A health reform legal requirement taking effect this month adds pressure to client communication practices - but also gives advisers a chance to add value to their services.
As required under the Patient Protection and Affordable Care Act, the Summary of Benefits and Coverage aims to improve employee communication and understanding of employer-provided health benefits.
The SBC rule requires group health plans and health insurance issuers to distribute an easy-to-understand document that explains health care coverage. It is intended, the government says, to enable consumers to "more easily understand the coverage they already have, and when purchasing new coverage, to make apples-to-apples comparisons of available options."
While the SBC will be produced by insurance companies, industry leaders say proactive advisers will use it to demonstrate their value to clients by ensuring a smooth adoption of the PPACA policy - thus positioning themselves as the go-to person for expertise in the process.
"Because [the SBC] looms large in September, this is a key milestone to say, 'We've got this,'" says Sara S. LaVallee, SVP, employee benefits practice at insurance brokerage William Gallagher Associates in Boston.
The SBC gives brokers an opportunity to develop a communication practice or to develop partnerships with firms that have built one, adds Perry Braun, executive director of Cleveland-based Benefit Advisors Network. "It will allow [brokers] to further advance services to their clients and demonstrate value," he believes. "The brokerage agency of the future is committing to this path where we build administrative and management resources," he adds. "Most successful agencies today have already implemented and brought into fruition many of the classical HR functions, like employee communication."
The intended purpose of the SBC could be compared to that of a food nutritional label, in that it allows employees to make more educated decisions about their health care content, similar to selecting healthier foods to eat, says Ruth Hunt, communications principal at Buck Consultants in Minneapolis.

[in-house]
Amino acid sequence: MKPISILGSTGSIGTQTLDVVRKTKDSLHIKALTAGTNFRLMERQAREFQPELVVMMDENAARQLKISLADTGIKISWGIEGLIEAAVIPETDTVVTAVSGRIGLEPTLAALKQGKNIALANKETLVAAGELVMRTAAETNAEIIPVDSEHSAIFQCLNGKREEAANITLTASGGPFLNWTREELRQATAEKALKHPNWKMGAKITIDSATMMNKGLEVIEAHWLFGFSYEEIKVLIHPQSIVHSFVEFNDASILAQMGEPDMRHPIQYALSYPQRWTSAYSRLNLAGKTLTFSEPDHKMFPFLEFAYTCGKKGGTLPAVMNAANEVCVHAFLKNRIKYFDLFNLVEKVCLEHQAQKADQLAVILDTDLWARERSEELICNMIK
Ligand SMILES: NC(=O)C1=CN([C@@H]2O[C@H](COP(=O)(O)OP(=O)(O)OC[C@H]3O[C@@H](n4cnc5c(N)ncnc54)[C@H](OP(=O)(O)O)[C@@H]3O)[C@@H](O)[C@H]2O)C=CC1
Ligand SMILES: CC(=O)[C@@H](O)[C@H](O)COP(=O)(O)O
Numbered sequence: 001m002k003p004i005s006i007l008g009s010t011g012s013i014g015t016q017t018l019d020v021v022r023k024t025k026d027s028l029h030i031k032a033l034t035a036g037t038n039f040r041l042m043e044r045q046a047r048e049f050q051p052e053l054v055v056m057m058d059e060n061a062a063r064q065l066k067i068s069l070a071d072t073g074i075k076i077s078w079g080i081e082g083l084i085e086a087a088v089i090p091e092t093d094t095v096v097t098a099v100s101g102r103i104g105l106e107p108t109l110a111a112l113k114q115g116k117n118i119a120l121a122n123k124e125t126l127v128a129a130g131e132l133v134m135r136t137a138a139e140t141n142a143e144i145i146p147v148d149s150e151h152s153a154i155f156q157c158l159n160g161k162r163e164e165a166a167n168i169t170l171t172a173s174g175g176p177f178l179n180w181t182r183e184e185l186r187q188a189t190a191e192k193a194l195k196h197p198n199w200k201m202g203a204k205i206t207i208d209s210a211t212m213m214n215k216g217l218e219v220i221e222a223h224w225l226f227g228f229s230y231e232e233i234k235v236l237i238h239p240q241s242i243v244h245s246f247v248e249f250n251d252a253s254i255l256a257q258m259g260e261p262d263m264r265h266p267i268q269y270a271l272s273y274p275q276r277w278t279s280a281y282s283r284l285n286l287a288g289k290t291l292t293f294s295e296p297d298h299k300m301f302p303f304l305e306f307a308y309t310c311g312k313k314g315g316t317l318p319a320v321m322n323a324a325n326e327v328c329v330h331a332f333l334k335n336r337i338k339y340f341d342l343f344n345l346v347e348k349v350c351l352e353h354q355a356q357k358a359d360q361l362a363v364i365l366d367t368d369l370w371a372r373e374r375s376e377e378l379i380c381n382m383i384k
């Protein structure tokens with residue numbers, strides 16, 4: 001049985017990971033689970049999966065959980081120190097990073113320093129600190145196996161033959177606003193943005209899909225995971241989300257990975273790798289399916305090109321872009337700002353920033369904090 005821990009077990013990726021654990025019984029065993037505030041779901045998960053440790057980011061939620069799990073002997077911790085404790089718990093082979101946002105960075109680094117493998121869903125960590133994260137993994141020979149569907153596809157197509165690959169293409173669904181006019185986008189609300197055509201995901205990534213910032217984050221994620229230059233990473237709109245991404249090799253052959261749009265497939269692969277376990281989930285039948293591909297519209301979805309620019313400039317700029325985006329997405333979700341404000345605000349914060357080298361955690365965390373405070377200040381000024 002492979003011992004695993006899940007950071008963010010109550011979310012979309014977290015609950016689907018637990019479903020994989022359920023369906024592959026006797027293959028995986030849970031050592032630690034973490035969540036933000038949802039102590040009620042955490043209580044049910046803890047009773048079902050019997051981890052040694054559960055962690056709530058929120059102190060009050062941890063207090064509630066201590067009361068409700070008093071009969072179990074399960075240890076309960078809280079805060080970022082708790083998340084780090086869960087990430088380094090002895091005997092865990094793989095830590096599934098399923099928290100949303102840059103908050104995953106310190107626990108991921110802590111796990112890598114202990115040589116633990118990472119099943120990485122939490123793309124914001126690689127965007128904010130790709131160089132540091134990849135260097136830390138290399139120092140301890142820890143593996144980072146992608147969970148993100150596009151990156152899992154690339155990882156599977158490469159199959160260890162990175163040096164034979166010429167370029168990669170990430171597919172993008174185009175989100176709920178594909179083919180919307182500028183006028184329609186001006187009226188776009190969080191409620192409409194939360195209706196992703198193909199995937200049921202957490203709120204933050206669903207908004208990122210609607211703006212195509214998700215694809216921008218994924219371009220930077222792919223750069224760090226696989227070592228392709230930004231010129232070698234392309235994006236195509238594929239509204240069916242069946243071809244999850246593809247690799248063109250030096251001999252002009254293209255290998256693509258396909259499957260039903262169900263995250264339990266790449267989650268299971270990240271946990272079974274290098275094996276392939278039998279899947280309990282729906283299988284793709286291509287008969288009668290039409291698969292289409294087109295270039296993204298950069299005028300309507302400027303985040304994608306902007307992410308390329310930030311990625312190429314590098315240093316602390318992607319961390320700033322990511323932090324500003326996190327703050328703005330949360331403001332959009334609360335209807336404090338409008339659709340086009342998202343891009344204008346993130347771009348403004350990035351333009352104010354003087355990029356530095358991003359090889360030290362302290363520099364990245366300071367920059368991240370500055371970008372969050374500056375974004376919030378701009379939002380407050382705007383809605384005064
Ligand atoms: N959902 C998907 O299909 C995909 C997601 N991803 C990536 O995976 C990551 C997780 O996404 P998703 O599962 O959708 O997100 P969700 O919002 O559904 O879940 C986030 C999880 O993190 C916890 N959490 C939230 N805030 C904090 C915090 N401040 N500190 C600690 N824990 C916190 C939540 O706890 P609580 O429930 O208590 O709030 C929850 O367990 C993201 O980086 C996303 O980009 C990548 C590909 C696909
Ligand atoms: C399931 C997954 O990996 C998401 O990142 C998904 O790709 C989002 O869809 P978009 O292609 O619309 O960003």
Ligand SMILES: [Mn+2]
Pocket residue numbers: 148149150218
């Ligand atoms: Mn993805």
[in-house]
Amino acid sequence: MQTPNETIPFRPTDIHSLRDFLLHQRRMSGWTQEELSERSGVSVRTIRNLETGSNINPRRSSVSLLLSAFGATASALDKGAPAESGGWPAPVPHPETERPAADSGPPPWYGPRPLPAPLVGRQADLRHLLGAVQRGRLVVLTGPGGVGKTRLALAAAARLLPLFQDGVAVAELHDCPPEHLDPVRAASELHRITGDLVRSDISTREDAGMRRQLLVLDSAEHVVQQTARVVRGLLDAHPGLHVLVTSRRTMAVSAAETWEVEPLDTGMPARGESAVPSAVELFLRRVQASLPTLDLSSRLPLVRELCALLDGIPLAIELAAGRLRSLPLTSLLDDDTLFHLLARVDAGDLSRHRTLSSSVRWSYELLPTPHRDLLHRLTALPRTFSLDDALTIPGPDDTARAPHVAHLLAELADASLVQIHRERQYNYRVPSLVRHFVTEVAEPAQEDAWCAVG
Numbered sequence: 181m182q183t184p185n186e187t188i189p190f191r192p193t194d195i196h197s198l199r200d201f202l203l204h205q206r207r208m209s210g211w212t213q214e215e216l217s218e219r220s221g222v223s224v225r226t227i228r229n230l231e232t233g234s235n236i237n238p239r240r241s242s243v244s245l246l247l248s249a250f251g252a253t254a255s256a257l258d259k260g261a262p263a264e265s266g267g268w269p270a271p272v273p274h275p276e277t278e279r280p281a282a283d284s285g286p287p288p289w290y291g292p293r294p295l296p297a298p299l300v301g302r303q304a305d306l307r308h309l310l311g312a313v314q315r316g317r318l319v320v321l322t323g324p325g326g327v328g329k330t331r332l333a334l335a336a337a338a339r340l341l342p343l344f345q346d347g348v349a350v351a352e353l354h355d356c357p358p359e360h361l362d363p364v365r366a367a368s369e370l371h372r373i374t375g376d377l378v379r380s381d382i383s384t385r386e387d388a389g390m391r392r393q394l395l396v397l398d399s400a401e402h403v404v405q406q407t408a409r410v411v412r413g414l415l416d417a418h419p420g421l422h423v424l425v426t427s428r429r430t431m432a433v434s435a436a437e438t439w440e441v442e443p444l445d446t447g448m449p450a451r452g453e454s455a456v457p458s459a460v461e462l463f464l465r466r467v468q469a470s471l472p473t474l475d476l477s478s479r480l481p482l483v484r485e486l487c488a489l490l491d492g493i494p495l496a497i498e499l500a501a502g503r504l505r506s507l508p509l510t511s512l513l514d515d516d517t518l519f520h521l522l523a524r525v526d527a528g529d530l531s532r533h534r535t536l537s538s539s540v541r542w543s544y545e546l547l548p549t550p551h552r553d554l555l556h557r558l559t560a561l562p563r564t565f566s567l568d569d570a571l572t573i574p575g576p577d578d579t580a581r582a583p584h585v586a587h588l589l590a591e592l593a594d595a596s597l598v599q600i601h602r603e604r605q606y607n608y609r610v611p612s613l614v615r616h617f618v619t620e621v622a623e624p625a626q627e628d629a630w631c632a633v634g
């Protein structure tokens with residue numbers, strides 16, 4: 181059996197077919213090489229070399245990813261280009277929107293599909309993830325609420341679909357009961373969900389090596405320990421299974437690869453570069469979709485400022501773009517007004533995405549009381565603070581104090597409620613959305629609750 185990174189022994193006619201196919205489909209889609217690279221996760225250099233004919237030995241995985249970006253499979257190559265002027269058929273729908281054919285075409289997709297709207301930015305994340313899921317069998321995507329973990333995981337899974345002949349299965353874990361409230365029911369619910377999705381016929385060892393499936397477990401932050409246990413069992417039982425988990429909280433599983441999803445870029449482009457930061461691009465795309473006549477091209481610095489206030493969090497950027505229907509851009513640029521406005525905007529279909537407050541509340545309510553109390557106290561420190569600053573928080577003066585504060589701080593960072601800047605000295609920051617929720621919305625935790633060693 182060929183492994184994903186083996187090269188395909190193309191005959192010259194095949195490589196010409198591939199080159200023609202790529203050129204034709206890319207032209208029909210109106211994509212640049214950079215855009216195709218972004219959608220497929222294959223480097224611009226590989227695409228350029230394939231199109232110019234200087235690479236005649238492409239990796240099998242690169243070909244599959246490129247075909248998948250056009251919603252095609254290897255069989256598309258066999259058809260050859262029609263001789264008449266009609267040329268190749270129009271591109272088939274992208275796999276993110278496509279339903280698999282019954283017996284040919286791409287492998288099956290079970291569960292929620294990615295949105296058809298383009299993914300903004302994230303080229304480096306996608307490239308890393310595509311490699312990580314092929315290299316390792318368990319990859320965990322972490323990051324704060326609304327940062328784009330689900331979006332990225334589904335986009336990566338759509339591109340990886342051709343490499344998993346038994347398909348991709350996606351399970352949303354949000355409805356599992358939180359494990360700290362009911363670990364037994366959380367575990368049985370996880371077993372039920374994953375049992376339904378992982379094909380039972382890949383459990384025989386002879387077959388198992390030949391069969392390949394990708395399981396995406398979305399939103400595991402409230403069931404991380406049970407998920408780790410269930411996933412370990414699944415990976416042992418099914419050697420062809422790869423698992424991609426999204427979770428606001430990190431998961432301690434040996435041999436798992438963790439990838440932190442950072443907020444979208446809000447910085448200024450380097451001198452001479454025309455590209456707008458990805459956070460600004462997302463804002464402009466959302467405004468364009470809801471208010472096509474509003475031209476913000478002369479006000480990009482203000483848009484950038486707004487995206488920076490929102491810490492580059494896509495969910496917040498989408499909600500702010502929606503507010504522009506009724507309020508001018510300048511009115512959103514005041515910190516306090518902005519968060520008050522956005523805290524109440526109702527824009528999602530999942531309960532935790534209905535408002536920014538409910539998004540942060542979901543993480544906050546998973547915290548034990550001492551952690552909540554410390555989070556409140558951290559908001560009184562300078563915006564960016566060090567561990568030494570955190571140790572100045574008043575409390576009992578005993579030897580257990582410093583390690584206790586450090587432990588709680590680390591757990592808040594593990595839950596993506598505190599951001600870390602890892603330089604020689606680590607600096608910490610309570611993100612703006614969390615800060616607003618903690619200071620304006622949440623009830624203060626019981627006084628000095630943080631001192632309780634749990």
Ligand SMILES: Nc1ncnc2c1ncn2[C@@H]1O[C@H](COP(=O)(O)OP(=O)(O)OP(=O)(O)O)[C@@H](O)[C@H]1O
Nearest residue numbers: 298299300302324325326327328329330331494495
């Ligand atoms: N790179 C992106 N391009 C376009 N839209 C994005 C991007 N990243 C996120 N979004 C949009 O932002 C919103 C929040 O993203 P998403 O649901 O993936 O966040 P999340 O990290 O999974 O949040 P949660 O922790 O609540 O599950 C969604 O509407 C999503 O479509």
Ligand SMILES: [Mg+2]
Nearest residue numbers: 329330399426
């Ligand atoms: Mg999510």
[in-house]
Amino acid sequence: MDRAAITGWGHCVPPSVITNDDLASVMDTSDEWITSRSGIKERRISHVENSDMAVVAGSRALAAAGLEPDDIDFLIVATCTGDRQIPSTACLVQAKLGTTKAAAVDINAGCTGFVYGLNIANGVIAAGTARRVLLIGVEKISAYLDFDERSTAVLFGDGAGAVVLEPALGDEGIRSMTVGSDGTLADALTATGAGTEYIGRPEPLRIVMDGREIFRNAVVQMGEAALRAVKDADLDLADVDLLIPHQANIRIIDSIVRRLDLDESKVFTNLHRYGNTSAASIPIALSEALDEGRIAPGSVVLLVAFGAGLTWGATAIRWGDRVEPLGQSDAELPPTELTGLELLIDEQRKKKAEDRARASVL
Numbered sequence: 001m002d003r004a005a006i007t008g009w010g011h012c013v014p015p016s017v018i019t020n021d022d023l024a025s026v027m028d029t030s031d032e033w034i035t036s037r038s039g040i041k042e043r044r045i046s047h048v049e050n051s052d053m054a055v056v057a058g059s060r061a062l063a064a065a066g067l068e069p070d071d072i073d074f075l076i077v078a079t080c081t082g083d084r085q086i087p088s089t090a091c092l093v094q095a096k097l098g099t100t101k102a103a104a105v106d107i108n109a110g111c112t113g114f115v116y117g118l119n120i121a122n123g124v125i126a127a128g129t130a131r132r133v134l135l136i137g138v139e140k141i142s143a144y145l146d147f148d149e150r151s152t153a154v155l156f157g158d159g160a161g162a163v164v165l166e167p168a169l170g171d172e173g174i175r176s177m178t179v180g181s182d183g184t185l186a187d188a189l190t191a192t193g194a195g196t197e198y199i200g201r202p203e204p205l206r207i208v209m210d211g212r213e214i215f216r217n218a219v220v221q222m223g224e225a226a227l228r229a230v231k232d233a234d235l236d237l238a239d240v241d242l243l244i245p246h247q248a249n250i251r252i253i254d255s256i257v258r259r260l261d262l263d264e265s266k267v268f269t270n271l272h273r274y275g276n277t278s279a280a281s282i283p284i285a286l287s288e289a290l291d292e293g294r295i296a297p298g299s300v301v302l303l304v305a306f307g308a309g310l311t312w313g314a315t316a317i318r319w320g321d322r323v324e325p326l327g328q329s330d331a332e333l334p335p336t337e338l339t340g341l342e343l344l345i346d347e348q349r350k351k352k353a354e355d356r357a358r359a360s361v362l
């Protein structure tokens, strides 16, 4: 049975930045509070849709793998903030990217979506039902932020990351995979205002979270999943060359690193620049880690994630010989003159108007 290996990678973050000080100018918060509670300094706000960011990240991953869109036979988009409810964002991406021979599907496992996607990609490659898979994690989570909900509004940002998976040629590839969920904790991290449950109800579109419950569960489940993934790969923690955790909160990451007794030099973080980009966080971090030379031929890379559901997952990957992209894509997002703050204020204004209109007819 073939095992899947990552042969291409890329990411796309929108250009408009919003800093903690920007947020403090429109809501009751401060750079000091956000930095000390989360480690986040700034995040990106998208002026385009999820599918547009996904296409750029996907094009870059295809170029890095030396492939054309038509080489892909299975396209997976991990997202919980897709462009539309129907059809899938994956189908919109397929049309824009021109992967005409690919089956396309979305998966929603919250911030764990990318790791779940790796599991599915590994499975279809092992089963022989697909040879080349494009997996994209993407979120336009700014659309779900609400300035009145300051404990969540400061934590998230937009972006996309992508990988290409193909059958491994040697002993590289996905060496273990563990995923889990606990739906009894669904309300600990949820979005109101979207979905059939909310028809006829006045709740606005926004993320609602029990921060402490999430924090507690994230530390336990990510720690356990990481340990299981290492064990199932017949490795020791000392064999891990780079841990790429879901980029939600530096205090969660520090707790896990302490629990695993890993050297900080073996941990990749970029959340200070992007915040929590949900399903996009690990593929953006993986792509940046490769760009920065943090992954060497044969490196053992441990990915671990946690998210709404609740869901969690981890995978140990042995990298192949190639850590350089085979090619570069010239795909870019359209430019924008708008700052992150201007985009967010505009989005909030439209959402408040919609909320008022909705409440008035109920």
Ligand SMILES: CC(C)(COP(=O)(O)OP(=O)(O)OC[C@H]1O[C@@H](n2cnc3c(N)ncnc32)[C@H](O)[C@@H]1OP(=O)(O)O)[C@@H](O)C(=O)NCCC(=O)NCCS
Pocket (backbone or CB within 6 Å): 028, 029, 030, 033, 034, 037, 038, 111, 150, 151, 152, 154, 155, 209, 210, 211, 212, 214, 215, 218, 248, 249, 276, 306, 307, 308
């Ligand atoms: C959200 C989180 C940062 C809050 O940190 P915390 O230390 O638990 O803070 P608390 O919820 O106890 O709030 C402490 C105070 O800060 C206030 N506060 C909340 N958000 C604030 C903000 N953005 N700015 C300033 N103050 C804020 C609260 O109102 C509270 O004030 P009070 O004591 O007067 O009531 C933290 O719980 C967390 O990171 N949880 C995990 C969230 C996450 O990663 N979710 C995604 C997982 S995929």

It's part of the new wave of communication determining how employees understand what their employers offer them.
It's also another way for brokers to encourage their clients' employees to take a closer look at their health plan options.
"So many employers are on autopilot, 'Give us what we had last year.' How many people are so risk-adverse that they are choosing the wrong plan, paying so much more in premiums than if they chose a high-deductible health plan with a Health Savings Account?" Hunt asks.
She sees this as a teachable moment in communicating with employees. "Even the government is encouraging you to take a much closer look," she says. "SBC will [provide] the narrative."
While communication is changing, the actual impact of the SBC will depend on how employers present it. "If they just send out an SBC with no context or explanation, employees will say, 'Great, another piece of paper' and might not look at it," says Kim Buckey, national lead of the compliance and communications practice at Woburn, Mass.-based HighRoads, a benefits technology company. "If the employer takes a step back through modifying the existing benefits strategy, it could help tremendously."
Buckey says that SBC in itself is a great opportunity for employers to look at - and modify - their existing benefits communications strategy and "get some credit for what they are doing. ... There is all this talk in the media about 'Obamacare' and health care reform. Whether the employer wants to take a stand politically or not, they can say, 'We've been providing you with these benefits, we want you to make the right decision and get the most out of this plan. Here are materials that will help you.'"
Yet, Jennifer Benz, founder and chief strategist for employee benefits consultancy Benz Communications in San Francisco, sees the SBC as another redundancy for the majority of brokers and companies that already do a good job of keeping their clients and employees informed.
"It will not be a night-and-day difference for most companies' communication plans," she says. "What is nice about the SBC is it will allow people to compare their coverage to others ... which hasn't been available."
Even with companies properly communicating their benefits plans, many employees are still left lost and confused, Benz says.
"Companies are moving to high-deductible health plans, and by and large, people do not understand how medical plans work, how our system works, they don't want that additional responsibility. So employers have a big job in getting people engaged and having them understand how things work."
To help the employers help their employees, it falls on brokers, she says. "Brokers need to step up. Brokers are in an amazing position to help solve a lot of communication problems for their clients, but by and large they still default to the old method of doing pretty modest communication," Benz says. "I think brokers have a great opportunity to differentiate their value and services to clients through effective communication."